You should also wear a mask indoors if you have a weak immune system, are at high risk, or are sick and need to be around others.

Wearing a comfortable, well-fitting mask over your nose and mouth is required on most public transportation systems, including buses, planes, trains, and cabs. Certain private facilities may also ask you to wear a mask at all times indoors, so check for any rules or guidelines signposted in the buildings you visit.

Wearing a mask helps to prevent the spread of COVID-19 virus particles, by stopping them from moving through the air when someone coughs or sneezes. However, it’s also helpful to follow distancing guidelines to protect yourself and others even further.

If you’re not up-to-date on your COVID-19 vaccines, you will need to continue staying at least 6 feet away from other people. It’s also worth staying away from crowded spaces, particularly if you’re at high risk, as this increases your chances of exposure.

Step 4: Take Rapid Tests to Prevent the Spread

Testing your COVID status regularly is an important part of making sure you’re protecting both yourself and others from the risks of coronavirus. There are many different kinds of tests available today, such as:

  • Viral tests: Viral tests check for SARS-CoV-2, the virus responsible for causing COVID-19 infections, and can tell you if you have a viral infection.
  • Rapid antigen tests: Rapid antigen tests look for COVID-19 antigens, and can be performed rapidly, giving results within 15-30 minutes.
  • RT-PCR tests: These are extremely accurate tests capable of looking for COVID-19 by testing SARS-CoV-2 RNA. However, they can take longer to perform (up to 24 hours)

Rapid tests conducted from home are often a popular choice for people who want to look for signs of an infection before interacting with other vulnerable members of the community. It’s helpful to have some tests on-hand to check yourself whenever you notice symptoms.

The Circle HealthPod is a portable COVID testing device that can help you determine your COVID status from home in less than 20 minutes.

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Step 5: Practice Good Hygiene

Similar to social distancing and wearing a mask, practising good hygiene is another way to reduce your chances of a COVID-19 infection. Washing your hands regularly with soap and water for at least 20 seconds will help to stop the spread of bacteria and microbes which contribute to infection.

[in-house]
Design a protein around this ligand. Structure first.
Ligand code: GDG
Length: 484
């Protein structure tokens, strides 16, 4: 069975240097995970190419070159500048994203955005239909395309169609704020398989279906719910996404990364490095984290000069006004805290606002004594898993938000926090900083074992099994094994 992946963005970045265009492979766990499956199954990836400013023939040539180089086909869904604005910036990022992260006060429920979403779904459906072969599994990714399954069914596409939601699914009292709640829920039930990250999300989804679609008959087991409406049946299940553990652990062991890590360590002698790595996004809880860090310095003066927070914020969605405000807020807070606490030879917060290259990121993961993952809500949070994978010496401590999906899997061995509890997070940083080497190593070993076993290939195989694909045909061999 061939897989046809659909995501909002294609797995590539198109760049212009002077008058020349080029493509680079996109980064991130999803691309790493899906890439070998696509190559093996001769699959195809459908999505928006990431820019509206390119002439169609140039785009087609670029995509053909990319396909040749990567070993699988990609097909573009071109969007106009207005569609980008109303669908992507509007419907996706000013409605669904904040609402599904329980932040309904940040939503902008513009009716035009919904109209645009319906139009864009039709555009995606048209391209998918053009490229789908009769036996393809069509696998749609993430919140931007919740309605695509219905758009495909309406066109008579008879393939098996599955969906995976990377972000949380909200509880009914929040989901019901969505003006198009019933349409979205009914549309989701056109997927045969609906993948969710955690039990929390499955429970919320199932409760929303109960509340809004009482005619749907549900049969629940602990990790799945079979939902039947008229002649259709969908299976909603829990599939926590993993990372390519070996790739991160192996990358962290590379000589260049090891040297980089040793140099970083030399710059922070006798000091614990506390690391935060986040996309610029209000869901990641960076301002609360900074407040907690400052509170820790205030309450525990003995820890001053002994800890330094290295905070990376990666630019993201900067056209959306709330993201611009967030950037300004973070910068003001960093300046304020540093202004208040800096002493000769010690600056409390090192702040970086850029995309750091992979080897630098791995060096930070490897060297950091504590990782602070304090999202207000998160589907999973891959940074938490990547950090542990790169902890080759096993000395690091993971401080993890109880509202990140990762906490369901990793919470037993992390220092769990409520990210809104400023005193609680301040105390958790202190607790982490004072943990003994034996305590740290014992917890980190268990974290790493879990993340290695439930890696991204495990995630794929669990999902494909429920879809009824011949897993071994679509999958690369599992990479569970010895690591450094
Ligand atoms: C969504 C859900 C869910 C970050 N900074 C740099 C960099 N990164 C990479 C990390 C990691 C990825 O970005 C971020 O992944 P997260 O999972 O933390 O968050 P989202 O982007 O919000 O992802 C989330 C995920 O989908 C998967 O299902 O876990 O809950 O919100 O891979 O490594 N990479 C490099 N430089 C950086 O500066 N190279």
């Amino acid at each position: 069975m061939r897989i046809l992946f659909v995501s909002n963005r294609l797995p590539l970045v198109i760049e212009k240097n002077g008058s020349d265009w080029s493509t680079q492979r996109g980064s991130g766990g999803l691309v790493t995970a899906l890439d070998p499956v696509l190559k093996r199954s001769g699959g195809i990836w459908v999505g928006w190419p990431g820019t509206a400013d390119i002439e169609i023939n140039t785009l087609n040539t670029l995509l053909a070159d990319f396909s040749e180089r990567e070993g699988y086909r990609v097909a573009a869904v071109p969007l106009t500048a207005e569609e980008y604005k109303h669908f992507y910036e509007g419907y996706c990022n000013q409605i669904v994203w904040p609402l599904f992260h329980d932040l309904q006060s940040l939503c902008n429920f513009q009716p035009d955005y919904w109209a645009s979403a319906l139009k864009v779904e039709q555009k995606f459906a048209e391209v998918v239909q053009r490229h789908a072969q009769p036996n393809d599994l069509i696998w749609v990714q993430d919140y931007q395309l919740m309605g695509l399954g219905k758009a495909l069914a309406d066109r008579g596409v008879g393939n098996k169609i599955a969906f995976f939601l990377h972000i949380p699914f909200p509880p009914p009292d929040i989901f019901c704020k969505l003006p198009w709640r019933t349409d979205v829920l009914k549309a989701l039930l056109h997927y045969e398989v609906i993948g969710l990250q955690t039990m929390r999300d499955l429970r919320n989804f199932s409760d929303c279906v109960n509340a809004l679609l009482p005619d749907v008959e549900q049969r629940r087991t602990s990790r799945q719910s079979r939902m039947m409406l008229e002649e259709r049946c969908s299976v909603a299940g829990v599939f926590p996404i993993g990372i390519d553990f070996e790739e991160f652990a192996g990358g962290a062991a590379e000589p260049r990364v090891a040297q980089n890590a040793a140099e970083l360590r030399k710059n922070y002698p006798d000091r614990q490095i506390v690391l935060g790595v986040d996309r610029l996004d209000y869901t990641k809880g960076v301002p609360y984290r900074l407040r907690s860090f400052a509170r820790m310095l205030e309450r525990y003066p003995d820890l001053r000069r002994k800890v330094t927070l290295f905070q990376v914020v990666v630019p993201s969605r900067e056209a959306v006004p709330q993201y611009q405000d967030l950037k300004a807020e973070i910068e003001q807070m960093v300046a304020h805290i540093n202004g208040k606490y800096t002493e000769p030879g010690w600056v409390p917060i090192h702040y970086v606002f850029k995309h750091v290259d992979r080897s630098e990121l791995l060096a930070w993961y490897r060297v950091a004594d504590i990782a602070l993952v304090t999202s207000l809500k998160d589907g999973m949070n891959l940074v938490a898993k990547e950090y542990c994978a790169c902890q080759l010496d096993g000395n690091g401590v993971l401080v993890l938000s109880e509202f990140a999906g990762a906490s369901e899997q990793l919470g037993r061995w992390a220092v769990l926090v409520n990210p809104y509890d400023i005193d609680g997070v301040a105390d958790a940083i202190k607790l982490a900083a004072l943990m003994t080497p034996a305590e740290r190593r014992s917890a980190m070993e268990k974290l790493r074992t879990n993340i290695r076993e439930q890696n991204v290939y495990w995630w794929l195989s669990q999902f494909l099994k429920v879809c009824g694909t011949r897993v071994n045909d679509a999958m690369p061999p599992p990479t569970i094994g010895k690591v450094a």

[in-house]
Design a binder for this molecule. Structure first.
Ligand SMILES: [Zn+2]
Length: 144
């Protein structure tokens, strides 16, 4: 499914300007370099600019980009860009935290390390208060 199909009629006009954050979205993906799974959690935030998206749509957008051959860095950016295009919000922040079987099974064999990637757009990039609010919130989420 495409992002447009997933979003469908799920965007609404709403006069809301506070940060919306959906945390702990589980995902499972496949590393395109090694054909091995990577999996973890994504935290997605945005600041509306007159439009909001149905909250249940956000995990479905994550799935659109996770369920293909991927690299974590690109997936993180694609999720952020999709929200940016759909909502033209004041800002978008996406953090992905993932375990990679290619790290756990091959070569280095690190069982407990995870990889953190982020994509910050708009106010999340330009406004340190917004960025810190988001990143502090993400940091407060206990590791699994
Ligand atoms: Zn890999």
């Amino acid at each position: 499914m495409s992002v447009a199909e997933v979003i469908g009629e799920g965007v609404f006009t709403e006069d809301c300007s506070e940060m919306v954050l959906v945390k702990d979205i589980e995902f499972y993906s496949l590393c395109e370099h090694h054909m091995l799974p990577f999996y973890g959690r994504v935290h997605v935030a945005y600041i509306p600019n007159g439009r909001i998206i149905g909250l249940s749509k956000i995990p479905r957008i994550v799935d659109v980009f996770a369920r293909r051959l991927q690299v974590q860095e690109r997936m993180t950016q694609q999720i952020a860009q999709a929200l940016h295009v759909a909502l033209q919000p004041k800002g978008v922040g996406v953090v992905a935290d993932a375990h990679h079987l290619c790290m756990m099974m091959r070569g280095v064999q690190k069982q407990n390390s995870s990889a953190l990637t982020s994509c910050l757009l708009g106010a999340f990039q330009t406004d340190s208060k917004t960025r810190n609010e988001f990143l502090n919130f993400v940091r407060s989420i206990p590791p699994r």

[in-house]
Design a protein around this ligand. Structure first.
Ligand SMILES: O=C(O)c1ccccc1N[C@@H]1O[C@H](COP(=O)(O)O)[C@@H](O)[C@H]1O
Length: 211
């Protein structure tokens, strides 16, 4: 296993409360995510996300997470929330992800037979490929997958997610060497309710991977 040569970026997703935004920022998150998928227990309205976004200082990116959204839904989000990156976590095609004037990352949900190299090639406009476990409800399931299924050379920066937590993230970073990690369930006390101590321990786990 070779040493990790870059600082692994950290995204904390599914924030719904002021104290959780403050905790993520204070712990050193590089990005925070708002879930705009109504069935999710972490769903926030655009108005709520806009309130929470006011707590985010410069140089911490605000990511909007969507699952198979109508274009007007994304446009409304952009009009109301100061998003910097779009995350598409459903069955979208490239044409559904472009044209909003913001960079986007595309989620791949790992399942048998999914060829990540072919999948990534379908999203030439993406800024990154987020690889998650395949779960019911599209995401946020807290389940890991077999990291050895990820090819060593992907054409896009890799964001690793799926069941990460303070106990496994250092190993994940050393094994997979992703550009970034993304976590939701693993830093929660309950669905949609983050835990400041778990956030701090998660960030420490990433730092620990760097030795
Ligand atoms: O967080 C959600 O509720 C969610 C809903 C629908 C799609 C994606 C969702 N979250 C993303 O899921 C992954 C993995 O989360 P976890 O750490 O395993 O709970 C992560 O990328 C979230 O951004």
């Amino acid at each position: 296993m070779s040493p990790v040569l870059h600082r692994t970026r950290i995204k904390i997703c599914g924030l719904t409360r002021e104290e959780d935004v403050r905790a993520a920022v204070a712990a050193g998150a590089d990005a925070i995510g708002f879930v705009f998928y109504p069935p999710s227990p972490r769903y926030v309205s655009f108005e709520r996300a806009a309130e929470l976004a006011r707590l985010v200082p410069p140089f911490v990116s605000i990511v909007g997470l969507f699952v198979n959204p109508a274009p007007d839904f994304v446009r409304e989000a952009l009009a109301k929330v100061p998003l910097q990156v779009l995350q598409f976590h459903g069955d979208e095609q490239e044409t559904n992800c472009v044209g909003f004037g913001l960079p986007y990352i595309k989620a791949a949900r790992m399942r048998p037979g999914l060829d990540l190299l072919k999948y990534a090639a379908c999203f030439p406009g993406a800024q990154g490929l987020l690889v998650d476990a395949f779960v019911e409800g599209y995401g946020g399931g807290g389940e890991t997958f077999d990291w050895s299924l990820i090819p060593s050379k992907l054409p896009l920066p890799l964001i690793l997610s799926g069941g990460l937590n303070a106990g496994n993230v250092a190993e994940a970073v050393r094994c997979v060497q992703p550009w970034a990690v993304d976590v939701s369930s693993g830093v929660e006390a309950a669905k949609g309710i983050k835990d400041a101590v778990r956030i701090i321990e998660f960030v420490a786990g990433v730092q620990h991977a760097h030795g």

If soap and water isn’t available, you can use a hand sanitizer containing at least 60% alcohol to get similar results. You should be particularly careful to wash your hands:

  • Before preparing or eating food
  • Before you touch your face
  • After using a bathroom
  • When you leave a public place
  • After handling your mask
  • After caring for someone sick
  • After coughing, sneezing, or blowing your nose

Cover coughs and sneezes to prevent the spread of virus particles through the air. If you’re not wearing a mask, make sure you wash your hands with soap and water after sneezing or coughing. If you are wearing a mask, change the mask after coughing or sneezing, and clean your hands.

Aside from keeping yourself clean and covering your mouth when coughing, you should also be disinfecting the areas you interact with on a regular basis. Clean high-touch surfaces regularly (particularly after people visit your home), such as tables, light switches and handles.

If someone tests positive for COVID-19 in your home, take extra care to clean all the surfaces and substances they interact with.

Step 6: Monitor your Health

It’s important to educate yourself on the symptoms of COVID-19 so that you can monitor yourself for these symptoms. The symptoms of COVID-19 can include having a fever, body aches, shortness of breath, coughing and having a sore throat. Many people mistake COVID-19 for a common cold or flu, because the symptoms can be so similar to a common cold or flu.

Remember, the symptoms can vary from one variant of COVID-19 to the next, so make sure you’re up-to-date with the latest CDC guidance.

If you do develop symptoms, avoid exposure to other people while you’re infectious, and consider quarantining until you’re able to go out in public once again safely. Remember you can be infectious with COVID for a week before you start displaying symptoms, so make sure you speak to people you’ve interacted with and let them know to test themselves.

Protecting Yourself and Others from COVID

Though hopes are high for an eventual end to the COVID-19 pandemic, there’s still a long way to go before we’re completely out of the woods. Today, it’s still important for people from all over the world to make sure they’re taking steps to protect themselves and others from the virus.

Follow the steps above to keep yourself safe, and remember to listen to your government guidelines as they evolve.

Team CircleDNA
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The editorial team behind CircleMagazine, dedicated to bringing you bite-size health tips, real-life health stories and the latest genetic-related findings at this digital health hub.